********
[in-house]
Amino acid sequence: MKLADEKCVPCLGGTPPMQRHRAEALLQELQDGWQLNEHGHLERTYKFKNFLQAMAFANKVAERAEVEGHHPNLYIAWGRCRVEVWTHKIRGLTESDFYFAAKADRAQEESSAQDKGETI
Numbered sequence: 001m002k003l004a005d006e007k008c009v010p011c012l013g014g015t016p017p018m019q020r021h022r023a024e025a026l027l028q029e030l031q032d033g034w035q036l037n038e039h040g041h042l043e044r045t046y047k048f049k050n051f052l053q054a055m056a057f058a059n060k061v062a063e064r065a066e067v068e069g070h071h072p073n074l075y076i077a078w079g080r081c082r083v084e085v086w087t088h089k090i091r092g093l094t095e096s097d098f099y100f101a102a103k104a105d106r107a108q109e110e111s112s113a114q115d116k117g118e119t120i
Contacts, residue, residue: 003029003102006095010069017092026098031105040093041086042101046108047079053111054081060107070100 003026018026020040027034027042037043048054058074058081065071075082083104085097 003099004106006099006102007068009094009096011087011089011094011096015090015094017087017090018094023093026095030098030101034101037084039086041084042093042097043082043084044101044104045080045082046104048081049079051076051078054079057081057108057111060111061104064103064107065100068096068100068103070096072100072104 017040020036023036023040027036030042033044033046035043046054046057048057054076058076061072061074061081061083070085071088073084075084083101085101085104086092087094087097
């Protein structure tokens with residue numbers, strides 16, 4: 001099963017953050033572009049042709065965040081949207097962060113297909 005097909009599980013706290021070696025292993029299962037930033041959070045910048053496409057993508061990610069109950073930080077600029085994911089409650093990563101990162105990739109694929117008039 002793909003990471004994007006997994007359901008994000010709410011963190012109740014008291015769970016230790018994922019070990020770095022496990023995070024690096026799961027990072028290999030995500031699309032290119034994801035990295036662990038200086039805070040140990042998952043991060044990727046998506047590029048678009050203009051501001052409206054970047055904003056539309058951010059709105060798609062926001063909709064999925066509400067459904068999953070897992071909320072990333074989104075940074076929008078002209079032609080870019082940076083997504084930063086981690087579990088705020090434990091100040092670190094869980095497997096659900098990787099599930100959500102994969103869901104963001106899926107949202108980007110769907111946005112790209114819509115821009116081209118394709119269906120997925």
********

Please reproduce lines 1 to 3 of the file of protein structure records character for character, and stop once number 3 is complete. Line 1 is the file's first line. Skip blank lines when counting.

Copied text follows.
[in-house]
Amino acid sequence: MKLADEKCVPCLGGTPPMQRHRAEALLQELQDGWQLNEHGHLERTYKFKNFLQAMAFANKVAERAEVEGHHPNLYIAWGRCRVEVWTHKIRGLTESDFYFAAKADRAQEESSAQDKGETI
Numbered sequence: 001m002k003l004a005d006e007k008c009v010p011c012l013g014g015t016p017p018m019q020r021h022r023a024e025a026l027l028q029e030l031q032d033g034w035q036l037n038e039h040g041h042l043e044r045t046y047k048f049k050n051f052l053q054a055m056a057f058a059n060k061v062a063e064r065a066e067v068e069g070h071h072p073n074l075y076i077a078w079g080r081c082r083v084e085v086w087t088h089k090i091r092g093l094t095e096s097d098f099y100f101a102a103k104a105d106r107a108q109e110e111s112s113a114q115d116k117g118e119t120i